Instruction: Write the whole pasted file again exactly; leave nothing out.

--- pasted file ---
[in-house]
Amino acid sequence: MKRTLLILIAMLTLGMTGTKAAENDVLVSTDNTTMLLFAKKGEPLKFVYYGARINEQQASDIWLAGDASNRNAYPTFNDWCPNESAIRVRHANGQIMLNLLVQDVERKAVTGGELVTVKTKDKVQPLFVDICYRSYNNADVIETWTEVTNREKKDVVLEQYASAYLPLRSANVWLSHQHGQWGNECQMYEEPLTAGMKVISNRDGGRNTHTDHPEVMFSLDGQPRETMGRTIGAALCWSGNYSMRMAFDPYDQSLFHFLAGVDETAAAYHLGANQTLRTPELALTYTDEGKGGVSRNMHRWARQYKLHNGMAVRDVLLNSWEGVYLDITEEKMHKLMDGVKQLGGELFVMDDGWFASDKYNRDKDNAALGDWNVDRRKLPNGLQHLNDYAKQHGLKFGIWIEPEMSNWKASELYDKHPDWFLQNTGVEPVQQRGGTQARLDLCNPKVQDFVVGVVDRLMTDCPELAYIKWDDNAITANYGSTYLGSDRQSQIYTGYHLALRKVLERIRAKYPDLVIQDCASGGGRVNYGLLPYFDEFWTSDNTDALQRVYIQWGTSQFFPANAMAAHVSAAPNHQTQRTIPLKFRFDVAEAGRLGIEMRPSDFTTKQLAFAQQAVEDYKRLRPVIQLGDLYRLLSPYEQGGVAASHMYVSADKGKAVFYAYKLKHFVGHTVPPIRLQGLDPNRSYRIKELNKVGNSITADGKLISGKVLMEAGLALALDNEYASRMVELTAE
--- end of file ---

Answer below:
[in-house]
Amino acid sequence: MKRTLLILIAMLTLGMTGTKAAENDVLVSTDNTTMLLFAKKGEPLKFVYYGARINEQQASDIWLAGDASNRNAYPTFNDWCPNESAIRVRHANGQIMLNLLVQDVERKAVTGGELVTVKTKDKVQPLFVDICYRSYNNADVIETWTEVTNREKKDVVLEQYASAYLPLRSANVWLSHQHGQWGNECQMYEEPLTAGMKVISNRDGGRNTHTDHPEVMFSLDGQPRETMGRTIGAALCWSGNYSMRMAFDPYDQSLFHFLAGVDETAAAYHLGANQTLRTPELALTYTDEGKGGVSRNMHRWARQYKLHNGMAVRDVLLNSWEGVYLDITEEKMHKLMDGVKQLGGELFVMDDGWFASDKYNRDKDNAALGDWNVDRRKLPNGLQHLNDYAKQHGLKFGIWIEPEMSNWKASELYDKHPDWFLQNTGVEPVQQRGGTQARLDLCNPKVQDFVVGVVDRLMTDCPELAYIKWDDNAITANYGSTYLGSDRQSQIYTGYHLALRKVLERIRAKYPDLVIQDCASGGGRVNYGLLPYFDEFWTSDNTDALQRVYIQWGTSQFFPANAMAAHVSAAPNHQTQRTIPLKFRFDVAEAGRLGIEMRPSDFTTKQLAFAQQAVEDYKRLRPVIQLGDLYRLLSPYEQGGVAASHMYVSADKGKAVFYAYKLKHFVGHTVPPIRLQGLDPNRSYRIKELNKVGNSITADGKLISGKVLMEAGLALALDNEYASRMVELTAE